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Cows graze near the XL Foods plant in Brooks, Alta. (Todd Korol for The Globe and Mail)
Cows graze near the XL Foods plant in Brooks, Alta. (Todd Korol for The Globe and Mail)

XL Foods asks to resume operations after E. coli outbreak Add to ...

The Alberta meat plant at the centre of a Canada-wide E. coli outbreak says it’s ready to get back to work.

XL Foods has asked the Canadian Food Inspection Agency for permission to resume operations, agency officials said Monday. The plant in Brooks, Alta., had its licence suspended indefinitely Sept. 27, about two weeks after the first two cases of E. coli were identified in Alberta and more than three weeks after routine testing identified E. coli in some of the plant’s meat.

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A phased assessment to determine whether XL Foods is safe to operate begins Tuesday.

“The company has indicated to us in a written request for reinstatement of their licence,” said Harpreet Kochhar, executive director of the CFIA’s Western operations.

Food inspection officials would not estimate how long that assessment would take or what the possible consequences might be for the company.

The same strain of E. coli O157:H7 has sickened 11 people across Canada. Public health officials in British Columbia confirmed Monday that a Nanaimo man fell ill in mid-September. He was hospitalized and has since recovered. Of the previous cases of illness, seven were in Alberta, two in Quebec and one in Newfoundland and Labrador.

“Considerable amounts” of potentially tainted Canadian meat made their way to more than 20 countries from the XL Foods plant, CFIA meat inspection director Richard Arsenault said Monday. He added that all these countries have been informed and have gotten rid of all affected products.

“This is a very large plant. It exported to a number of countries, and there are considerable amounts of product that were exported out of Canada,” he said. “Immediate action was taken to communicate with those countries. Our understanding now is that those products have all been identified – we have our hands wrapped around them, so to speak – and they’re in the process of being brought back or disposed.”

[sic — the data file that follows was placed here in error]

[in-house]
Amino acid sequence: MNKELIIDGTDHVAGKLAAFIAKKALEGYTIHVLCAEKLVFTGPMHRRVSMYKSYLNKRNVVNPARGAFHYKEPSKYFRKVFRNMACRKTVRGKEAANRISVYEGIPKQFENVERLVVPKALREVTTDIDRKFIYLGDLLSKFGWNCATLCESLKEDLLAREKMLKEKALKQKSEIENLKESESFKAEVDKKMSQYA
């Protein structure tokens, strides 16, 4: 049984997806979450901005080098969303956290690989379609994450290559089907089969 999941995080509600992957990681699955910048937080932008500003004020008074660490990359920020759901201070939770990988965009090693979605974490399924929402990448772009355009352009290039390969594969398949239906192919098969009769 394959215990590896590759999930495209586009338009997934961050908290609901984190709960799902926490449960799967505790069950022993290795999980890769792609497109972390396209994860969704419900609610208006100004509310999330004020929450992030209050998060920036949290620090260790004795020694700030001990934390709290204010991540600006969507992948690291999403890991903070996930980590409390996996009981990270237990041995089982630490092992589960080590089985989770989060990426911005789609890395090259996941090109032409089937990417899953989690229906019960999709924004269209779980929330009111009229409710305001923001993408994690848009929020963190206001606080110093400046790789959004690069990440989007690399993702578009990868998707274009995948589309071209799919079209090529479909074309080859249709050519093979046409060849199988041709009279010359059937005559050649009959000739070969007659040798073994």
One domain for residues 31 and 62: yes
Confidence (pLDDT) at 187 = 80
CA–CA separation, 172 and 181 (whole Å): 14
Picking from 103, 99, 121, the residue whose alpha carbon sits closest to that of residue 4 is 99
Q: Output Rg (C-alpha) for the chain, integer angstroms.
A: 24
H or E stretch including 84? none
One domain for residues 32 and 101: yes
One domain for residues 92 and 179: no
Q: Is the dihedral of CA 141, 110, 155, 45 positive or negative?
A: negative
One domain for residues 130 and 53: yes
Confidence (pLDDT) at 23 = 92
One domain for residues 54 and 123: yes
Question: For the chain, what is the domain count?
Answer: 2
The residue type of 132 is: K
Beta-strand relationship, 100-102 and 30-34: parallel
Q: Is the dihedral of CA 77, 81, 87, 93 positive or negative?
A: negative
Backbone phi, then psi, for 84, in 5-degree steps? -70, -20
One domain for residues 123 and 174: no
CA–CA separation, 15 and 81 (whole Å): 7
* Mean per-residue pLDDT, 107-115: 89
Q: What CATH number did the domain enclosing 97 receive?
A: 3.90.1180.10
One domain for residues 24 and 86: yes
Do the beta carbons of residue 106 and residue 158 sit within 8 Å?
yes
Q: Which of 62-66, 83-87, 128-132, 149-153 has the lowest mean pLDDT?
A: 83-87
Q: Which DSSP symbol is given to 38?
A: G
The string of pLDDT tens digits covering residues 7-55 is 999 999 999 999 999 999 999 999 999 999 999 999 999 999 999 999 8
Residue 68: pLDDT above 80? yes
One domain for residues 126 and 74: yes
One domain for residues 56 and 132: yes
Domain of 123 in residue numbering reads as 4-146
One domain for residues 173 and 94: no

Hong Kong’s Centre for Food Safety issued a warning that some raw beef from XL had been brought into the region and a small amount distributed to local shops. It suspended the import of XL products made on or after Aug. 24 and ordered distributors to recall the products. The centre “will continue liaising with the Canadian authorities and closely monitor the situation,” the statement reads. “Relevant control measures will be reviewed when further information is obtained.”

The U.S. Food Safety Inspection Service nearly tripled its calculation of the amount of potentially contaminated beef imported from XL. The agency now estimates that 1.134 million kilograms of steaks, roasts, ground beef and trim made their way into the United States. The previous estimate was less than 404,000 kilograms.

XL Foods has undergone eight foreign audits in the past four years, Dr. Kochhar said. “Any issue, if there was any identified, [has] been corrected and the company was on the exportation list for many different countries.”

The “pre-resumption of operation inspection,” Dr. Kochhar said, will be a phased approach to see whether the plant has “addressed deficiencies” in its food-safety practices. Problems identified in a “corrective action” notice include employees touching contaminated meat without cleaning their hands properly and “water nozzles clogged in the primary carcass wash area.”

If the plant passes an initial walk-through inspection, it will gradually resume “limited operation” under inspectors’ supervision.

“What we are planning to do out there is to actually verify the state of readiness of the plant … to see if maintenance issues have been rectified, any sanitation issues,” Dr. Kochhar said. “The next step would be to see the readiness in terms of a limited operation and, accordingly, move step by step forward.”

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